Note: In the following joint Blu-ray review, both John and Michael comment on the film, with John also writing up the Video, Audio, Extras, and Parting Shots.
The Movie According to John:
You remember 1981's "Arthur," with Dudley Moore playing the irresponsible but irrepressible millionaire drunk with the personality of a mischievous ten-year-old. While hardly a comedy classic, it has remained a well-loved favorite. So, naturally, Hollywood did the only thing they know how to do when a 1988 sequel failed to live up to expectations: They remade the original. Thus, we get the 2011 version of the same story with the same characters, only this time with bad-boy comic Russell Brand playing the title character and Helen Mirren playing the old John Gielgud role of the butler, in this case nanny, Hobson. Was it worth the trouble? Not really.
WB's opening logo sets the tone for the film by soaking it in champagne bubbles. Isn't alcoholism fun? The sheer idiocy of the tale then compounds with a wild ride through the streets of Manhattan as Arthur and his chauffeur (Lois Guzman), dressed as Batman and Robin and speeding in a replica of the Batmobile, crash into the Wall Street bull. Not funny; just silly and juvenile.
Jason Winer directed this one, his first feature film after several years directing comedy on television ("Modern Family"). His idea of humor is to make every laugh as obvious as possible and telegraph every chortle a scene or two in advance. Arthur is no longer so lovable; with Brand he's now a sloppy, obnoxious, self-indulgent drunk on the edge of mental instability. This does not appear to be Brand's fault because he is actually pretty good in a hopeless role. To Brand's credit, when Winer is not directing him to mug and carry on to the extreme, he appears to be a nuanced actor. Helen Mirren, on the other hand, is the best thing in the picture, her understated composure as funny as we might expect. However, her mature, upright nanny compared to the thirty-something man-child makes poor Arthur seem all the more pitiable.
The story remains the same as in the original: Arthur's mother (Geraldine James) will cut off all of Arthur's money (close to a billion dollars) if he doesn't settle down and marry the domineering daughter, Susan Johnson (Jennifer Garner), of a rich, rival family. Coincident with this event, Arthur meets a commoner, Naomi Quinn (Greta Gerwig), an NYC tour guide without a license, and falls in love with her. The "however" here is that despite Ms. Gerwig being cute and sensible in the part, she's no match for Liza Minnelli's free-spirited (if somewhat annoying) character in the original. Instead, as with the rest of the movie's characters, Ms. Gerwig's role is almost a throwaway, with Arthur's boozing always central to the story.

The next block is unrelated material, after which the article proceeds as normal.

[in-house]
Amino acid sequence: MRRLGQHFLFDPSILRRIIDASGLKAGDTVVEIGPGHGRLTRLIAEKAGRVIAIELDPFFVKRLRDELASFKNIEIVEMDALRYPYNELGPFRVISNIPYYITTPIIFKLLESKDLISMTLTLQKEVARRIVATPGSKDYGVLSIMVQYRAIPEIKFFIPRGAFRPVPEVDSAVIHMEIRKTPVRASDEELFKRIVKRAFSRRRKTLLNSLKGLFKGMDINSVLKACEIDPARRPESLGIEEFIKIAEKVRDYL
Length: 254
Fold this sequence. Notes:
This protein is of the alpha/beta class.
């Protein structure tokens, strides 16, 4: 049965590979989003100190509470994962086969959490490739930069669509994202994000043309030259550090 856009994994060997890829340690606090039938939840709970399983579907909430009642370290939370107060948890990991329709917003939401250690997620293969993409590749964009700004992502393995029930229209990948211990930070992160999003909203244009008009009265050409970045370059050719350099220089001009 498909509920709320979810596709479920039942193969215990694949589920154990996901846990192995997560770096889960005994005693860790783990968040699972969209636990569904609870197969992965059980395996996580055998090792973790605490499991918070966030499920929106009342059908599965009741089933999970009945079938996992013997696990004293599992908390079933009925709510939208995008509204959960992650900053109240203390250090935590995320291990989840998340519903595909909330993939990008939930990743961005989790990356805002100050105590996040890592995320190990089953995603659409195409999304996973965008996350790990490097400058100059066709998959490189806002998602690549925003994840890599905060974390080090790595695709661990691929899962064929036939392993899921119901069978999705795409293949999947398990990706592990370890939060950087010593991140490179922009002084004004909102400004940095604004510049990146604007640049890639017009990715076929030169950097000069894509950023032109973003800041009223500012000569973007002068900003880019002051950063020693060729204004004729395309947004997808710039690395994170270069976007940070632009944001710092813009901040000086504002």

And speaking of throwaways, Nick Nolte plays Burt Johnson, Susan's tough-guy father, who threatens to saw off Arthur's tongue, or worse, if he doesn't marry his daughter and treat her right. Nolte is in about three scenes, a waste of his talents.
There is one cute touch: Arthur, who spends his money lavishly on selfish, personal extravagances, in one scene spars with ex-heavyweight champion Evander Holyfield. The champ's vacant, underplayed expression throughout the scene is among the more subtly humorous parts of the film. Then, my first (and almost only) big smile came during Arthur's date with Naomi in Grand Central Station. That came about forty minutes into the film.
Of course, Arthur can be charming when he's sober; that's from the original, too. He just isn't sober very often. Plus, there are a couple of clever lines, although not enough of them to build a movie on.